Thermocouples come in many sizes and lengths. There are universal aftermarket thermocouples widely available that will usually work just fine. The thermocouples for furnaces usually produce 30 millivolt (mV) current but make sure to buy one that's the same length as your old thermocouple. Lengths of 18, 24, 30 and 36 inches are standard.
You can also order a thermocouple that meets the original manufacturer's specifications from an online parts retailer, such as Repair Clinic or Appliance Parts Pro. You will need to specify the manufacturer and model number of your furnace to ensure you're getting the right part.
Things You'll Need
Step 1: Shut Off the Furnace
Begin by turning off the switch that powers the furnace or boiler. This is usually an ordinary wall switch mounted on the side of the furnace, but it may also be mounted on a nearby wall. If there is no switch present, you can also turn off the furnace's circuit breaker at the main service panel (breaker box).
Step 2: Shut Off the Gas
Locate the shutoff valve on the gas supply pipe leading to the furnace. Turn the valve so its handle is perpendicular to the pipe; this turns off the gas supply. Also, turn the knob on the furnace's gas control valve to the "off" position.
Step 3: Open the Access Panel
Use a nut driver or screwdriver to loosen the mounting screws on the upper access panel on the furnace as applicable (some panels do not have screws) and then remove the panel and set it aside. Use a flashlight or work light to locate the thermocouple within the compartment. The thermocouple consists of a wire or tube that ends in a thicker sensor rod mounted to a bracket adjacent to a small pilot gas jet, immediately next to the furnace's main burners. The opposite end of the thermocouple connects to a fitting on the gas control valve.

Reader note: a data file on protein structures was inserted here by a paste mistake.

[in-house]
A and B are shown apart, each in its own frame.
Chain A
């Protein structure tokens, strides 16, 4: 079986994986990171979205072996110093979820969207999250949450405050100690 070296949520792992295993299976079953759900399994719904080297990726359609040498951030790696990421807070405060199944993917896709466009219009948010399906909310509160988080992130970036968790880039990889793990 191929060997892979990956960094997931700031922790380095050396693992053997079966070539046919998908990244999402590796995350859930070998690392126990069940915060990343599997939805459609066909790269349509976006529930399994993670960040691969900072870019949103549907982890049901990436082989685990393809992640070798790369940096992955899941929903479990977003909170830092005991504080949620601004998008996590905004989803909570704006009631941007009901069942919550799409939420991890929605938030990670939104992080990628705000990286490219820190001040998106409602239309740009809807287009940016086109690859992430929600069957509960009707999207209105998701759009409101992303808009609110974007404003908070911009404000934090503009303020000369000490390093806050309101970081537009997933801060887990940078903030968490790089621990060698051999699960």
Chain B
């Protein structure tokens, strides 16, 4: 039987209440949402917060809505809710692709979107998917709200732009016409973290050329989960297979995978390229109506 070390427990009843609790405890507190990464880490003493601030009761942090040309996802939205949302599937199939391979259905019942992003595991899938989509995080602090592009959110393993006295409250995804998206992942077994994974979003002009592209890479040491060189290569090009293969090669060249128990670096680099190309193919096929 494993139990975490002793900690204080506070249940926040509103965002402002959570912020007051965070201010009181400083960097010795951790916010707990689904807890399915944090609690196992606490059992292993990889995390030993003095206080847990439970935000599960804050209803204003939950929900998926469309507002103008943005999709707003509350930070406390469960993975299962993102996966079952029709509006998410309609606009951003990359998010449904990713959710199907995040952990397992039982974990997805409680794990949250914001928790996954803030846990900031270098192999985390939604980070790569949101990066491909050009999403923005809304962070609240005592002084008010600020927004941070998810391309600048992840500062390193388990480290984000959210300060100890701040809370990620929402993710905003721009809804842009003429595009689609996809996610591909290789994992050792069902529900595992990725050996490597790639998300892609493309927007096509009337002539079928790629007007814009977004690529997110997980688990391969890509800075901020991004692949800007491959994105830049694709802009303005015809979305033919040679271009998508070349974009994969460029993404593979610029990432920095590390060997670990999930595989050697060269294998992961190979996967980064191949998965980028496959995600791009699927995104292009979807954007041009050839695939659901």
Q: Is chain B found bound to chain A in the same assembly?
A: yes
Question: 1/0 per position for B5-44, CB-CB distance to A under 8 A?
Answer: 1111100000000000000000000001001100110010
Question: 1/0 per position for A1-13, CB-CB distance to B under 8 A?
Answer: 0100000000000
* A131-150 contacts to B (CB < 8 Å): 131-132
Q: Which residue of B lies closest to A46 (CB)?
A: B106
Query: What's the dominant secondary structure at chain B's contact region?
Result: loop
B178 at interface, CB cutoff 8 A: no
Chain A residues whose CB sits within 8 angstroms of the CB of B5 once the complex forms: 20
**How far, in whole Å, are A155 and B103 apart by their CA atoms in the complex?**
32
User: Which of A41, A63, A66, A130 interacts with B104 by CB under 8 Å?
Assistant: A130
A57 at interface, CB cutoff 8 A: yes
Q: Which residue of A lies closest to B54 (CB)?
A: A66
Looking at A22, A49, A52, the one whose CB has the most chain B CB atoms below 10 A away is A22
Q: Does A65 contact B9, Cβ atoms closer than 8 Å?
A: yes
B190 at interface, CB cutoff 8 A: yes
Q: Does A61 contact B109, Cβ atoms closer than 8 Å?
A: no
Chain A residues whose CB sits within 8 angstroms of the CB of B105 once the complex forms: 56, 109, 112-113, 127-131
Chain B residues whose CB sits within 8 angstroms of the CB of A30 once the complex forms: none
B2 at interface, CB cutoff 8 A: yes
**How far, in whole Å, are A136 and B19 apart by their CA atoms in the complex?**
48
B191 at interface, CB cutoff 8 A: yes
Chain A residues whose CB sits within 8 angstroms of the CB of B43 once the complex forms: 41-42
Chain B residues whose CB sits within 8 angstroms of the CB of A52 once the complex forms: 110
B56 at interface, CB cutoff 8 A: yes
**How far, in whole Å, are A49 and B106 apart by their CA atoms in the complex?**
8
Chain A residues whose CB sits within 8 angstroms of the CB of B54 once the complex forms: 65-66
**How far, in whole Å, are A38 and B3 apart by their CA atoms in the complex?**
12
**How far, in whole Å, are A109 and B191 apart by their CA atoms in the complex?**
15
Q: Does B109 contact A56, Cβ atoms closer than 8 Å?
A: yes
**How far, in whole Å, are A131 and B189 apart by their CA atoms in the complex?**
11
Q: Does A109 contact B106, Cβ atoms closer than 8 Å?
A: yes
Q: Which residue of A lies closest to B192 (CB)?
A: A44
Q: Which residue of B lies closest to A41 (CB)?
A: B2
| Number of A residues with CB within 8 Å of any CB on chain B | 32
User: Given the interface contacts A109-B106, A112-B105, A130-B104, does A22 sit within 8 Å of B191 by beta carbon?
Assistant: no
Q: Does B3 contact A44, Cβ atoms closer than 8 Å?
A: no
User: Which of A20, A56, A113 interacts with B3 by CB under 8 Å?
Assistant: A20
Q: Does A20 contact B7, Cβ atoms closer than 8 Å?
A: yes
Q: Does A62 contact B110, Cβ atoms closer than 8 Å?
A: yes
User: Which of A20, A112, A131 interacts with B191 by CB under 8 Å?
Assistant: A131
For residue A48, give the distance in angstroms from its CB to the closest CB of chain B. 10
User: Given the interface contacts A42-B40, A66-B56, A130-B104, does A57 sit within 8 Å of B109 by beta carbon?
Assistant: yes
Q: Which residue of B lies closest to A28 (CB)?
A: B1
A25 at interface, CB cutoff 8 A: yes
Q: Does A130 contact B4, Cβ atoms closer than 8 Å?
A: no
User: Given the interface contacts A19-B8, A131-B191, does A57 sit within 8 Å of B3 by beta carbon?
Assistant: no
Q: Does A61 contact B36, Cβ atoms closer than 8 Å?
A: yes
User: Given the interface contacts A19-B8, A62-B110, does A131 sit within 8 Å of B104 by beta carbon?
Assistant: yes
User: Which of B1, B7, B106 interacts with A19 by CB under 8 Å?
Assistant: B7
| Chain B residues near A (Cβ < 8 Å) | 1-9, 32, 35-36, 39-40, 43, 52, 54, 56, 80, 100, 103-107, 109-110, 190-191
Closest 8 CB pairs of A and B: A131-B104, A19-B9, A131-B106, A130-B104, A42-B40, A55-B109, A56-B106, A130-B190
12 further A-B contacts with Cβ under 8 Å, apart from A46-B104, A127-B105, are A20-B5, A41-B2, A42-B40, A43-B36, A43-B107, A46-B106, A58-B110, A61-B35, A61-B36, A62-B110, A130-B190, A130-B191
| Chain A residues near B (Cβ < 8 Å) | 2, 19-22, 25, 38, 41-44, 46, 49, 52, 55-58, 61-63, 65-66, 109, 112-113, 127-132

If you wish, you can first clean the sensor rod on the old thermocouple, adjust its position and then try to relight the pilot— in some cases, this may solve the problem without replacing the thermocouple.
Step 4: Loosen and Remove the Thermocouple
To remove the thermocouple, start by loosening the nuts that connect the wire/tube end to the gas control valve as well as the nut that holds the sensor rod to the bracket next to the pilot gas jet. (In some cases, the sensor rod end is merely clipped in place.) Slide the sensor out through the bracket and then carefully remove the entire thermocouple.
Step 5: Install the New Thermocouple
Uncoil the new thermocouple and thread the rod end into the bracket near the pilot gas jet and the wire end into the fitting on the gas control valve. Route the wire within the compartment in the same fashion as the old thermocouple.
Use an adjustable wrench to snug up the nuts. Make sure the tip of the rod is positioned so it will be squarely in the flame of the pilot gas jet.
Step 6: Turn On the Furnace and Gas
Open the shutoff valve on the gas supply pipe (the handle should be parallel to the pipe) and then turn on the power switch for the furnace.
Step 7: Relight the Pilot
Turn the control knob on the gas valve to the "pilot" setting. Push in the knob and hold it in. Push the "ignite" button or if there is no "ignite" button present, hold a match or lighter to the pilot tube jet. Keep holding the knob in for about 20 seconds after the pilot flame lights. Release the knob and make sure the flame continues to burn. If not, repeat the lighting procedure.
Step 8: Replace the Access Panel
Reattach the access panel on the burner chamber and then test the furnace by adjusting the thermostat up and down several times to make sure the furnace starts and stops correctly.